King Hamad replaced the head of the state security apparatus on Tuesday as part
of a shakeup after an inquiry exposed widespread rights abuses during a
crackdown on Arab Spring protests led by majority Shi'ites.
Gulf Arab state has said it will comply with the findings of the Bahrain
Independent Commission of Inquiry, and is under pressure from its ally the
United States to show improvements in its rights record to secure a large arms
inquiry headed by international rights lawyers was set up after Bahrain faced
international criticism over imposing martial law and calling in Saudi and
United Arab Emirates forces to help end the protests.
bin Khalifa Hamad al-Fadhel was named head of the national security agency,
replacing Sheikh Khalifa bin Abdullah, a member of the ruling al-Khalifa
family. Sheikh Khalifa was made secretary general of Bahrain's Supreme Defence
Council and a national security advisor to the king.
government also said that the interior ministry was in the process of hiring
U.S. and British security experts to help police protect rights and freedoms
while enforcing order. It said a code of conduct would be developed for police.
has seen almost daily protests in Shi'ite villages but has resisted calls to
open new talks on political reforms.
Sunni al-Khalifa family dominates government, and an elected chamber of
parliament has limited legislative powers.
inquiry recommended that a national commission should be set up to examine
political, economic and social grievances.
activists have said senior figures should be sacked over the abuses listed in
the inquiry's report, which appeared to have been more hard-hitting than some
in government expected.
said torture was used to extract confessions that were used to convict hundreds
of people in military courts, mainly Shi'ites. It described the abuse as
"systematic", and said some 3,000 people were detained and 2,000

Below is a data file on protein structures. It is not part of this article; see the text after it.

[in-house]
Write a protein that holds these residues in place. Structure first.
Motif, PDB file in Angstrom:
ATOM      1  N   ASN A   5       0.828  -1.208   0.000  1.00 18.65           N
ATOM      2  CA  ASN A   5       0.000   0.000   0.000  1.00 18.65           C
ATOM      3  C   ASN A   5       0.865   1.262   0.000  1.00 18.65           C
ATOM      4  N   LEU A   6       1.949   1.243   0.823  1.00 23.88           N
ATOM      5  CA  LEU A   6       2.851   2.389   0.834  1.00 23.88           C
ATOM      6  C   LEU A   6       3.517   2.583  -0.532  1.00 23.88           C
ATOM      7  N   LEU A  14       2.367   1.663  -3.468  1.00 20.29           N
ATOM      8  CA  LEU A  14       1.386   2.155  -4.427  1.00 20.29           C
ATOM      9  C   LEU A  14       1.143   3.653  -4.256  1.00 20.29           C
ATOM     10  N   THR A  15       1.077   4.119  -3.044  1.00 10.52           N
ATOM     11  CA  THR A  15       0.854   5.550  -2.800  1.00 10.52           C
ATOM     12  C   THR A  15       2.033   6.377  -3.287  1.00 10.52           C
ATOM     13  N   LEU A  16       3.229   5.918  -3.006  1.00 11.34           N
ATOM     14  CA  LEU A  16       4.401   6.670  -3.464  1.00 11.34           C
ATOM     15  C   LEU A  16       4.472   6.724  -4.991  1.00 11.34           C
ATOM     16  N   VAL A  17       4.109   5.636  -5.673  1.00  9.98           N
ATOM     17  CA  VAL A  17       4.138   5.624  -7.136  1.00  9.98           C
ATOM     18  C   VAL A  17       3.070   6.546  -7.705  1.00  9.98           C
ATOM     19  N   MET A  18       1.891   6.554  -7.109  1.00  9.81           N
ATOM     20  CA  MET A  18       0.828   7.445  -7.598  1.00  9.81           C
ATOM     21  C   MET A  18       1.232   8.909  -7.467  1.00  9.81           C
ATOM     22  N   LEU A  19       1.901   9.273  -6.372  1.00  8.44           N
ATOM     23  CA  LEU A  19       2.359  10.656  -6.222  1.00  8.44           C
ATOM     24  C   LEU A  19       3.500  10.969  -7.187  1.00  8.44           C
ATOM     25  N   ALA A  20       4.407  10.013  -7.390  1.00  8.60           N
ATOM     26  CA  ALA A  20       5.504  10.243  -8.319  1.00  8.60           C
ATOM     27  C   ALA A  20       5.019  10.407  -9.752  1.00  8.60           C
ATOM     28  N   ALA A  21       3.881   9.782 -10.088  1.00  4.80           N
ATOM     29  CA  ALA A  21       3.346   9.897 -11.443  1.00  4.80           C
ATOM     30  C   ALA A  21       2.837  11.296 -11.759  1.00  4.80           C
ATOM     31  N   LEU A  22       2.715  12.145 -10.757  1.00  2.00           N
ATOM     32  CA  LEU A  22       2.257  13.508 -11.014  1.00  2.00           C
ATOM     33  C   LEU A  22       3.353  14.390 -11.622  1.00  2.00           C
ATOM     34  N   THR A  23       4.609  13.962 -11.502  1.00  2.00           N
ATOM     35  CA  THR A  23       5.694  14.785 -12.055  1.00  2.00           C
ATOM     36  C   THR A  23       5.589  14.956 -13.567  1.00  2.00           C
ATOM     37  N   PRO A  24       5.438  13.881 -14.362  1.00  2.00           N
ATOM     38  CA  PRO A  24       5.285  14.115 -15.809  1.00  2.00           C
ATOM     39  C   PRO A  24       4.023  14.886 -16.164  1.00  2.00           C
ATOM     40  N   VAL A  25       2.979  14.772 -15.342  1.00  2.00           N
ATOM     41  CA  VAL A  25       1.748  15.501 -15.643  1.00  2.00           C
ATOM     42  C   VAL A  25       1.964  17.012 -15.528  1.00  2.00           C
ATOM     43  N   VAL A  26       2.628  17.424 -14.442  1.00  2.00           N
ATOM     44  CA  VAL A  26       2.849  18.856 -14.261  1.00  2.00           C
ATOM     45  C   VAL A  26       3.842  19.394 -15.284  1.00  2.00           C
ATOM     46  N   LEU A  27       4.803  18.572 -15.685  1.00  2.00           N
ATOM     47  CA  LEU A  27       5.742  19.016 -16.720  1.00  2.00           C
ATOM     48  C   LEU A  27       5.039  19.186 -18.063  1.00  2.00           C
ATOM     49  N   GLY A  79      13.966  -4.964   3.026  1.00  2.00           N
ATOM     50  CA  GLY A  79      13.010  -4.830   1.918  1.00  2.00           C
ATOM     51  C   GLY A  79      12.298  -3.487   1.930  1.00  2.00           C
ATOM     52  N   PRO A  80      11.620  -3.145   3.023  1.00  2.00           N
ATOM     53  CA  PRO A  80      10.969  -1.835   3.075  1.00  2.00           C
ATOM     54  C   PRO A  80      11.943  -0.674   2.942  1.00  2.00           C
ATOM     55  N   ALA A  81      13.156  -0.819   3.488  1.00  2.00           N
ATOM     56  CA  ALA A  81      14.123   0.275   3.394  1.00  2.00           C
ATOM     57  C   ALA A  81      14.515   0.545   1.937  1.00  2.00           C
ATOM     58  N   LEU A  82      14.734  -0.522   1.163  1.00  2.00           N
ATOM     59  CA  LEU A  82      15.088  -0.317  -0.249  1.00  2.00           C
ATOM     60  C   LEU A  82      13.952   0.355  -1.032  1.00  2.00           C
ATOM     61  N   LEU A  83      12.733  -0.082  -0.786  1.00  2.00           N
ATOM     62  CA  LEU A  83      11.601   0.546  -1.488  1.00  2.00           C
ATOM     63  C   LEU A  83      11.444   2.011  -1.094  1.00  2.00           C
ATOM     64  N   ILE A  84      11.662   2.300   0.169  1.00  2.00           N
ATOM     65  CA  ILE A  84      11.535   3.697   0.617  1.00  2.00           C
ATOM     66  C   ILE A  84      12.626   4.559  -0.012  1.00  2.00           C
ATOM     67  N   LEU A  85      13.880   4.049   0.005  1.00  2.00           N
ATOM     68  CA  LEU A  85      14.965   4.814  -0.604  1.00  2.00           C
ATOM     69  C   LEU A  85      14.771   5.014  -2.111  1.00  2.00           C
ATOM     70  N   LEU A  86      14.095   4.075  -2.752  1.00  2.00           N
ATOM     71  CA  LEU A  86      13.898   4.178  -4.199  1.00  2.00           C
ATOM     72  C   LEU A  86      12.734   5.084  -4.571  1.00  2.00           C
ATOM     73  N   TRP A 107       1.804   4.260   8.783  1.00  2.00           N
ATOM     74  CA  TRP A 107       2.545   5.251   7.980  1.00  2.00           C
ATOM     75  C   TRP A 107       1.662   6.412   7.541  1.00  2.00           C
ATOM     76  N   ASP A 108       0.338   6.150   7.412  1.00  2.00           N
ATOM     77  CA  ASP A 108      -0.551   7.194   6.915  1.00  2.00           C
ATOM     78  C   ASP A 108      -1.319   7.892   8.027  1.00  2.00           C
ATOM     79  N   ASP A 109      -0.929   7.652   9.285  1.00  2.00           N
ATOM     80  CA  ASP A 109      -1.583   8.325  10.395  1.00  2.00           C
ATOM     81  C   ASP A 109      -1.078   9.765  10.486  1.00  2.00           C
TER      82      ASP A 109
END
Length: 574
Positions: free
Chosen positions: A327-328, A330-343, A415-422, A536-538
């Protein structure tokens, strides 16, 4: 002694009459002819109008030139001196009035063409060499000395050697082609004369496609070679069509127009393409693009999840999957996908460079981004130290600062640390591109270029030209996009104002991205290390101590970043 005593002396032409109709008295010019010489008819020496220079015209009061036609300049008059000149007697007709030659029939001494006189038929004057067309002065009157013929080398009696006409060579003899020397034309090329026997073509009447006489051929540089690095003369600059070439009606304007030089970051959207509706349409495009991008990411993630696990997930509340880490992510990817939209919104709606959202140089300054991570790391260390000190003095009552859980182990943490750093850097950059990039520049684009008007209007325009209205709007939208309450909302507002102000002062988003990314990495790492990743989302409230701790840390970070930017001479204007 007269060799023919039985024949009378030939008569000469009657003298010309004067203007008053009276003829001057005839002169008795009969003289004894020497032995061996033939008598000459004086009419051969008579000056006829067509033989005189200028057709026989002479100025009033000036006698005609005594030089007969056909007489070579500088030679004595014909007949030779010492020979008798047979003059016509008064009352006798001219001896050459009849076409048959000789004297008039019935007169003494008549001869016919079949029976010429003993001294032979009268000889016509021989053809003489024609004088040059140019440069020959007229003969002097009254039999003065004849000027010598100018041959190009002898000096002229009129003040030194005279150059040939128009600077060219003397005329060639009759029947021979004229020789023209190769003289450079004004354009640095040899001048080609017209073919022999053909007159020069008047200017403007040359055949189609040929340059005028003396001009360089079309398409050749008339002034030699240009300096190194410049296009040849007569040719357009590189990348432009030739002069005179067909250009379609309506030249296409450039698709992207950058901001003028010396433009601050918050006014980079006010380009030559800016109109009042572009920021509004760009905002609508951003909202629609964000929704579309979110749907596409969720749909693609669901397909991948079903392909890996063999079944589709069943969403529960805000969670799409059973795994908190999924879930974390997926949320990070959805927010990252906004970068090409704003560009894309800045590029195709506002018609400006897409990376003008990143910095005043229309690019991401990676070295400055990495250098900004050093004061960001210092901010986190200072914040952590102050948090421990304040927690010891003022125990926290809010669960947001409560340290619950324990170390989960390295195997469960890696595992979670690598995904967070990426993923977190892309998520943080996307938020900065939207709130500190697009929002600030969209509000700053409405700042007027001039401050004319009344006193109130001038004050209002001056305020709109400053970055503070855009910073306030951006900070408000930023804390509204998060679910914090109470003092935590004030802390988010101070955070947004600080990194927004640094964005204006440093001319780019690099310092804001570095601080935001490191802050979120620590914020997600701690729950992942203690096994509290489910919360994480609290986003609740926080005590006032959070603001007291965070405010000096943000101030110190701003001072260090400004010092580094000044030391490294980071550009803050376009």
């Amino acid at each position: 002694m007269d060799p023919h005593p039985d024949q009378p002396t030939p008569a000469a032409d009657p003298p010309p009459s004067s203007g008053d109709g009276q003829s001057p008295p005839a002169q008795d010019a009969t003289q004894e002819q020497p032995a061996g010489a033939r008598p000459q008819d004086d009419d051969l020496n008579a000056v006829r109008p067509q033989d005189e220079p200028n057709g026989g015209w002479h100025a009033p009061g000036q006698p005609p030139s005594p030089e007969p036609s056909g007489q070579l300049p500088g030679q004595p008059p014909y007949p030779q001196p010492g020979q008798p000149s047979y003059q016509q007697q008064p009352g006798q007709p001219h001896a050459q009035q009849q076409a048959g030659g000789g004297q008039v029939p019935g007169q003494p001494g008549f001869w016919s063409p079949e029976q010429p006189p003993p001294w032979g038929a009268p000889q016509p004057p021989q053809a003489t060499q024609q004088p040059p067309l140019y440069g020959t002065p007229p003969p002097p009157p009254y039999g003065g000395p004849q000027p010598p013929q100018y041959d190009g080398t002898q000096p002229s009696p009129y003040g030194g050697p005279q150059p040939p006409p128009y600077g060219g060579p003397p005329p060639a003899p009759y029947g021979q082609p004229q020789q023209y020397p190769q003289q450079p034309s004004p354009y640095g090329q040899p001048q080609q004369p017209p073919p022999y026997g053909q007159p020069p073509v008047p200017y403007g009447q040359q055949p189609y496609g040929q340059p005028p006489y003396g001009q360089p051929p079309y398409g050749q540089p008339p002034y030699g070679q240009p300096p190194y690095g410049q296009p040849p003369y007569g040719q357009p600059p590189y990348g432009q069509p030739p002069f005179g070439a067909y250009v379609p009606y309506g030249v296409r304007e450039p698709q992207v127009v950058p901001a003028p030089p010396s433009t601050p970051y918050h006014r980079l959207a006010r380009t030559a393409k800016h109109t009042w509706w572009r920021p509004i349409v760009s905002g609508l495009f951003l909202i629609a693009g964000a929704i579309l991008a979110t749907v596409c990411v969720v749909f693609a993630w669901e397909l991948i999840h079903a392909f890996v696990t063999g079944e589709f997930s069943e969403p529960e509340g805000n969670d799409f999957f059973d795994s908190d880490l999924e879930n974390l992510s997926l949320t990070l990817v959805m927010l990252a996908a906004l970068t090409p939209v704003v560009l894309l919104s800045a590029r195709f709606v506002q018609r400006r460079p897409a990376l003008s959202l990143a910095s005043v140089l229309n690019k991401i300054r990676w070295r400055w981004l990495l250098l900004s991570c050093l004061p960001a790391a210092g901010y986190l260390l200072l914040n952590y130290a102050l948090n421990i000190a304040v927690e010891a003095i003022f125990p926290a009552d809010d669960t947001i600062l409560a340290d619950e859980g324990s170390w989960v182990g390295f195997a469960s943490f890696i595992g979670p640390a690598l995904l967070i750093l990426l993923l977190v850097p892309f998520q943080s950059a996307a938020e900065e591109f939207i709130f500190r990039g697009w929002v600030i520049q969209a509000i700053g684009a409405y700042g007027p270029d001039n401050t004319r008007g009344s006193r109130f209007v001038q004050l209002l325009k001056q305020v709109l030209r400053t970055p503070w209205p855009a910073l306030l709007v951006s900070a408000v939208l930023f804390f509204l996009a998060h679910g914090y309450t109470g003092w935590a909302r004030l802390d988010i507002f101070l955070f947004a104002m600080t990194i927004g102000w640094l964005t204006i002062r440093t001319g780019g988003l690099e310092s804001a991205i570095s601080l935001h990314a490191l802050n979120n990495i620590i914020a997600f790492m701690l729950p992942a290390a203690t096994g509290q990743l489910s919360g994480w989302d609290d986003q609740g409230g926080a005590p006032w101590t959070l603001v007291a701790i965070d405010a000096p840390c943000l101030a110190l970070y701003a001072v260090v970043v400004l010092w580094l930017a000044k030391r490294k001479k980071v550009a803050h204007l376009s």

sacked from state jobs.
parties have called for the cabinet to resign over the report and appoint a
"national salvation" government.
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Hamad also named the head of the appointed chamber of parliament, Ali bin Saleh
al-Saleh, to lead a national commission that will examine the inquiry's
commission includes 18 other names including the justice minister, also a
member of the royal family, and mainly pro-government politicians, clerics and
members of the opposition party Wefaq, Bahrain's biggest political group, were
asked to take part in the commission but declined because opposition parties
were not approached directly or given the chance to choose who represents them.
A government statement said it was "disappointed" at this.
inquiry report said the commission implementing its recommendations should be
independent and impartial and include figures from the government, opposition
parties and civil society.
Matar, a Wefaq member, said the justice minister and others named to the
commission had defended the government's policies during the crackdown and did
not fit the inquiry's recommended criteria.
are many in the ruling family who didn't defend the violations or deny they
occurred, and they kept a low profile at the time," he said. "We are
ready to work with such people who were not denying, ignoring or executing the
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